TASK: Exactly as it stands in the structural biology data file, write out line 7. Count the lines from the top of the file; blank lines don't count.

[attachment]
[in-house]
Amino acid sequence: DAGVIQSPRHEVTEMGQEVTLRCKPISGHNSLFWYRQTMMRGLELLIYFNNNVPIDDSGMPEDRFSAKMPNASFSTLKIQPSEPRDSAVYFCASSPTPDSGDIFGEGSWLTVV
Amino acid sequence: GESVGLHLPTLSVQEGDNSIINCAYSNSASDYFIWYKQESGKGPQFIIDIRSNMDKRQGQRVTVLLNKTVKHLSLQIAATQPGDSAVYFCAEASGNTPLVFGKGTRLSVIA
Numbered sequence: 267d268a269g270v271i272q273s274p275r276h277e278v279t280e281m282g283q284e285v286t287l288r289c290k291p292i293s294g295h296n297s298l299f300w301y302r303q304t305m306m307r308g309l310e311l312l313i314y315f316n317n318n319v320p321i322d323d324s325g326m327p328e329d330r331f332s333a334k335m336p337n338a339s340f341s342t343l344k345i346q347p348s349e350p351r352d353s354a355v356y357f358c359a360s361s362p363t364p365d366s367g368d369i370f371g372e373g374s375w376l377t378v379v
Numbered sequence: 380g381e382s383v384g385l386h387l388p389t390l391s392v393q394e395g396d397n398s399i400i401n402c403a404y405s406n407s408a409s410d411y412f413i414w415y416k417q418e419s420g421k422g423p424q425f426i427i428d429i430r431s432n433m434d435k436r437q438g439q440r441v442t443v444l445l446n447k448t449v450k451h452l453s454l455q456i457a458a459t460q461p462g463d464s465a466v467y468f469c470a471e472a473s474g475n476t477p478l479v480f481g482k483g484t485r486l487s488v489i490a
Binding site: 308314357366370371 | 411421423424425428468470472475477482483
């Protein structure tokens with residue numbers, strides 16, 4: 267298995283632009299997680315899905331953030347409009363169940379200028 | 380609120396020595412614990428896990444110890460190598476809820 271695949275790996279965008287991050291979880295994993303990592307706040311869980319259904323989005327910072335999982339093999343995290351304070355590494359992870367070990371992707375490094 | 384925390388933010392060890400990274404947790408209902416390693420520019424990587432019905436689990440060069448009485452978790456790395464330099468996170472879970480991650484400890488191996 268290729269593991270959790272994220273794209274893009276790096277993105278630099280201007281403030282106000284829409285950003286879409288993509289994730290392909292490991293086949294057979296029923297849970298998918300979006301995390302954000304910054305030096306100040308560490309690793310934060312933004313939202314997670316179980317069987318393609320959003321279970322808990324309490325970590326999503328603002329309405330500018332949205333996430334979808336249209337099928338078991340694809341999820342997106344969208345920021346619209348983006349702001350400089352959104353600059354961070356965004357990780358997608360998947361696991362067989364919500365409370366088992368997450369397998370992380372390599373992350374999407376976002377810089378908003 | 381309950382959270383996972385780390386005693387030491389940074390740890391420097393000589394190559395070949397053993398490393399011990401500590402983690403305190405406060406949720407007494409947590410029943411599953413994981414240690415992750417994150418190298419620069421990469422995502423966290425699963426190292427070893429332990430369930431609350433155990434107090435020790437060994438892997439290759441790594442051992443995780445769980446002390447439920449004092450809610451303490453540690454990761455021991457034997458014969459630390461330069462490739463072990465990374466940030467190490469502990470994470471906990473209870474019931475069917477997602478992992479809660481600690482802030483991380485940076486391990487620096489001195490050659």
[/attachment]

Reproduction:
């Protein structure tokens with residue numbers, strides 16, 4: 267298995283632009299997680315899905331953030347409009363169940379200028 | 380609120396020595412614990428896990444110890460190598476809820 271695949275790996279965008287991050291979880295994993303990592307706040311869980319259904323989005327910072335999982339093999343995290351304070355590494359992870367070990371992707375490094 | 384925390388933010392060890400990274404947790408209902416390693420520019424990587432019905436689990440060069448009485452978790456790395464330099468996170472879970480991650484400890488191996 268290729269593991270959790272994220273794209274893009276790096277993105278630099280201007281403030282106000284829409285950003286879409288993509289994730290392909292490991293086949294057979296029923297849970298998918300979006301995390302954000304910054305030096306100040308560490309690793310934060312933004313939202314997670316179980317069987318393609320959003321279970322808990324309490325970590326999503328603002329309405330500018332949205333996430334979808336249209337099928338078991340694809341999820342997106344969208345920021346619209348983006349702001350400089352959104353600059354961070356965004357990780358997608360998947361696991362067989364919500365409370366088992368997450369397998370992380372390599373992350374999407376976002377810089378908003 | 381309950382959270383996972385780390386005693387030491389940074390740890391420097393000589394190559395070949397053993398490393399011990401500590402983690403305190405406060406949720407007494409947590410029943411599953413994981414240690415992750417994150418190298419620069421990469422995502423966290425699963426190292427070893429332990430369930431609350433155990434107090435020790437060994438892997439290759441790594442051992443995780445769980446002390447439920449004092450809610451303490453540690454990761455021991457034997458014969459630390461330069462490739463072990465990374466940030467190490469502990470994470471906990473209870474019931475069917477997602478992992479809660481600690482802030483991380485940076486391990487620096489001195490050659």